In the 1950s, at the height of the cold war, the U.S. and the Soviet Union realized that their huge nuclear arsenals gave rise to a fundamental paradox: they existed for the prime purpose of preventing their use.
To protect their missiles, both sides loaded them on submarines that were capable of hiding indefinitely in the vast oceans of the world. In this way, the side that was attacked first would always have enough missiles to retaliate, if not destroy, the other side. Since the situation was completely symmetrical, nuclear weapons existed for the prime purpose of assuring that neither side would start a nuclear war that no one could win. This was enshrined in the doctrine of Mutually Assured Destruction, or MAD, an apt acronym if there ever was one.
Unfortunately, MAD was not the only paradox that enveloped nuclear weapons.
Both sides protected their land-based nuclear missiles by putting them in silos buried in the ground. Covering the silos with massive amounts of concrete offered further protection. More concrete led to greater or more felt security. In pithy terms, More Led to More.
But putting more concrete only encouraged both sides to load multiple warheads onto their missiles so they could more easily penetrate the silos. More concrete threatened the other side more and led to an arms race, i.e., More Led to Less.
It occurred that less concrete would threaten one's adversary less and thus lead to greater felt security, i.e., Less Leads to More.
But, since it made no sense to have zero or fewer numbers of nuclear missiles than one's adversaries, less missiles led to less felt security, i.e., Less Led to Less.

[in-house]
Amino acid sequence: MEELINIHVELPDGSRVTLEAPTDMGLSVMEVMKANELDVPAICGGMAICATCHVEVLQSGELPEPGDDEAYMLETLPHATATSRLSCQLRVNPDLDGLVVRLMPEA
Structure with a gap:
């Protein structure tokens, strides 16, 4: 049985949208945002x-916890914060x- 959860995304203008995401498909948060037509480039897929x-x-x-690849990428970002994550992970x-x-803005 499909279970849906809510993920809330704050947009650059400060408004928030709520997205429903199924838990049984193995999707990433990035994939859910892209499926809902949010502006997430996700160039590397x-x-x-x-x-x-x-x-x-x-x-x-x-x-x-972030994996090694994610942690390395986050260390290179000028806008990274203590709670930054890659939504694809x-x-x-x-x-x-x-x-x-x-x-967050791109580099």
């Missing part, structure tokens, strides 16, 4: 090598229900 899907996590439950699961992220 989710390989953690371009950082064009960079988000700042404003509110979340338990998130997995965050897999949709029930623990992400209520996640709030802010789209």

More Leads to More and Less Leads to Less are the two primary modes of thinking that have prevailed for thousands of years. An army with greater numbers of soldiers could generally defeat an army with fewer. But because of their enormous destructive power, nuclear weapons altered these long standing tenets. The side with more nukes was not necessarily superior.
The biggest paradox of all was due to the fact that thinking about nuclear weapons was constantly cycling through all four modes simultaneously. Underlying all of them is the fact that at some point what's good in the small becomes bad in the large. That is, bigness turns back on itself.
Consider the highly contentious issue of guns. The U.S. has roughly 5 percent of the world's population, but 40 percent of the guns. If more guns were the answer, then the U.S. would be the safest planet on the globe, which it is not, i.e., More Has Led to Less. More Guns Has Led to More Mass Shootings (i.e., Less). We are in the grips of a self-imposed form of MAD.
In sharp contrast, rabid gun proponents argue that there are no limits to the benefits of guns, i.e., More Guns Indefinitely Lead to More. They also argue that More Regulations Lead to Less Safety, Less Regulations Lead to Greater Safety, etc.
Increasingly, we live in a world where every aspect is governed by paradox. To survive, let alone prosper, means not only recognizing the basic existence of paradox, but that In many cases, Less Is More. How many more mass shootings will it take for us to finally realize that More Is Not Always Better, and to act on this fundamental realization?